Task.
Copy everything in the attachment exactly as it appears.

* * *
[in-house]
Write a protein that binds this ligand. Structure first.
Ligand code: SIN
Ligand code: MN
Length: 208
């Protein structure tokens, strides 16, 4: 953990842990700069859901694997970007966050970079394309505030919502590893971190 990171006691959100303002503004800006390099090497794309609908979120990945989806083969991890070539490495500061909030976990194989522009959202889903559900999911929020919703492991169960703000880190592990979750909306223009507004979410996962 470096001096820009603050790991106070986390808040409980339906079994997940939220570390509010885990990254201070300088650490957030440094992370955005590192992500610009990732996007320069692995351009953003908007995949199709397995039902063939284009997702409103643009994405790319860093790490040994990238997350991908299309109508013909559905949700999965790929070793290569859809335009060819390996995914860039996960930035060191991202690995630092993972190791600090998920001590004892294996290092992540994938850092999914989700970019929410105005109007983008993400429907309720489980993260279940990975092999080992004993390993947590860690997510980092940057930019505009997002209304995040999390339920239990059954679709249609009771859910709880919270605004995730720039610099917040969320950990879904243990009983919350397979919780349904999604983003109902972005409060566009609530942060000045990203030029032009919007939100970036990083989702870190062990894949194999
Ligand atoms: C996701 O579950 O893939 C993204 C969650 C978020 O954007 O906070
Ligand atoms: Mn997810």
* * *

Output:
[in-house]
Write a protein that binds this ligand. Structure first.
Ligand code: SIN
Ligand code: MN
Length: 208
């Protein structure tokens, strides 16, 4: 953990842990700069859901694997970007966050970079394309505030919502590893971190 990171006691959100303002503004800006390099090497794309609908979120990945989806083969991890070539490495500061909030976990194989522009959202889903559900999911929020919703492991169960703000880190592990979750909306223009507004979410996962 470096001096820009603050790991106070986390808040409980339906079994997940939220570390509010885990990254201070300088650490957030440094992370955005590192992500610009990732996007320069692995351009953003908007995949199709397995039902063939284009997702409103643009994405790319860093790490040994990238997350991908299309109508013909559905949700999965790929070793290569859809335009060819390996995914860039996960930035060191991202690995630092993972190791600090998920001590004892294996290092992540994938850092999914989700970019929410105005109007983008993400429907309720489980993260279940990975092999080992004993390993947590860690997510980092940057930019505009997002209304995040999390339920239990059954679709249609009771859910709880919270605004995730720039610099917040969320950990879904243990009983919350397979919780349904999604983003109902972005409060566009609530942060000045990203030029032009919007939100970036990083989702870190062990894949194999
Ligand atoms: C996701 O579950 O893939 C993204 C969650 C978020 O954007 O906070
Ligand atoms: Mn997810």